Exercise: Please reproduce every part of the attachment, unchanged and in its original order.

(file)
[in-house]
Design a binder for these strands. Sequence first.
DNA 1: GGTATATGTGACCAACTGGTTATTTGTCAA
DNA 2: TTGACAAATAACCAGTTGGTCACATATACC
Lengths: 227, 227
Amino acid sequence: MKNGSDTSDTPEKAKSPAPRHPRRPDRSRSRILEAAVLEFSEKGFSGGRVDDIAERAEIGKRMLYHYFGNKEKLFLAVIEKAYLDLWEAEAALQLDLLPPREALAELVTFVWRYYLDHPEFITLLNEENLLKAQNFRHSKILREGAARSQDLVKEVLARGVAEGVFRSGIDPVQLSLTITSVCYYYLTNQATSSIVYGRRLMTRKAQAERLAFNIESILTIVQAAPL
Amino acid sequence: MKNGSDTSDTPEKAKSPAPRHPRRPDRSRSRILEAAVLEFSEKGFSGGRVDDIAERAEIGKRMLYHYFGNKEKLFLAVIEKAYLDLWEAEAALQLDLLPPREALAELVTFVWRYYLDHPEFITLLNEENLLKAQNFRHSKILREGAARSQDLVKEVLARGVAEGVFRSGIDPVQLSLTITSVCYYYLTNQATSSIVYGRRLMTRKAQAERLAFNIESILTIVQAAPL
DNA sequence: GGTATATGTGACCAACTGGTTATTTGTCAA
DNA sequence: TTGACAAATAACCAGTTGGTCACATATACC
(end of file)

[in-house]
Design a binder for these strands. Sequence first.
DNA 1: GGTATATGTGACCAACTGGTTATTTGTCAA
DNA 2: TTGACAAATAACCAGTTGGTCACATATACC
Lengths: 227, 227
Amino acid sequence: MKNGSDTSDTPEKAKSPAPRHPRRPDRSRSRILEAAVLEFSEKGFSGGRVDDIAERAEIGKRMLYHYFGNKEKLFLAVIEKAYLDLWEAEAALQLDLLPPREALAELVTFVWRYYLDHPEFITLLNEENLLKAQNFRHSKILREGAARSQDLVKEVLARGVAEGVFRSGIDPVQLSLTITSVCYYYLTNQATSSIVYGRRLMTRKAQAERLAFNIESILTIVQAAPL
Amino acid sequence: MKNGSDTSDTPEKAKSPAPRHPRRPDRSRSRILEAAVLEFSEKGFSGGRVDDIAERAEIGKRMLYHYFGNKEKLFLAVIEKAYLDLWEAEAALQLDLLPPREALAELVTFVWRYYLDHPEFITLLNEENLLKAQNFRHSKILREGAARSQDLVKEVLARGVAEGVFRSGIDPVQLSLTITSVCYYYLTNQATSSIVYGRRLMTRKAQAERLAFNIESILTIVQAAPL
DNA sequence: GGTATATGTGACCAACTGGTTATTTGTCAA
DNA sequence: TTGACAAATAACCAGTTGGTCACATATACC